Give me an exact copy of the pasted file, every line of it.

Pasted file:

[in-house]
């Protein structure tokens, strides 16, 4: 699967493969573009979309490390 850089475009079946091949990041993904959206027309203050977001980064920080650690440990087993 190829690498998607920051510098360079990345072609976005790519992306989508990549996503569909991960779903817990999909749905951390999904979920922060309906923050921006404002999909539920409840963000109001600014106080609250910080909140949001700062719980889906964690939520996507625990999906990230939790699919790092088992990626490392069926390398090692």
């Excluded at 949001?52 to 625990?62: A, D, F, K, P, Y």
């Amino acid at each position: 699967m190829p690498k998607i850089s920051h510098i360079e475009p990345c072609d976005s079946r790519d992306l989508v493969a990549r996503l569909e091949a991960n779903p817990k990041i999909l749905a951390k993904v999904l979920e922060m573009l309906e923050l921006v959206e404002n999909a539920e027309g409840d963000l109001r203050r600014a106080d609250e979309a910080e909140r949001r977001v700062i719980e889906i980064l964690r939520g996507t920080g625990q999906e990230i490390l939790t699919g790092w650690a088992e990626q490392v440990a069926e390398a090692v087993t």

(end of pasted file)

[in-house]
């Protein structure tokens, strides 16, 4: 699967493969573009979309490390 850089475009079946091949990041993904959206027309203050977001980064920080650690440990087993 190829690498998607920051510098360079990345072609976005790519992306989508990549996503569909991960779903817990999909749905951390999904979920922060309906923050921006404002999909539920409840963000109001600014106080609250910080909140949001700062719980889906964690939520996507625990999906990230939790699919790092088992990626490392069926390398090692």
């Excluded at 949001?52 to 625990?62: A, D, F, K, P, Y």
């Amino acid at each position: 699967m190829p690498k998607i850089s920051h510098i360079e475009p990345c072609d976005s079946r790519d992306l989508v493969a990549r996503l569909e091949a991960n779903p817990k990041i999909l749905a951390k993904v999904l979920e922060m573009l309906e923050l921006v959206e404002n999909a539920e027309g409840d963000l109001r203050r600014a106080d609250e979309a910080e909140r949001r977001v700062i719980e889906i980064l964690r939520g996507t920080g625990q999906e990230i490390l939790t699919g790092w650690a088992e990626q490392v440990a069926e390398a090692v087993t």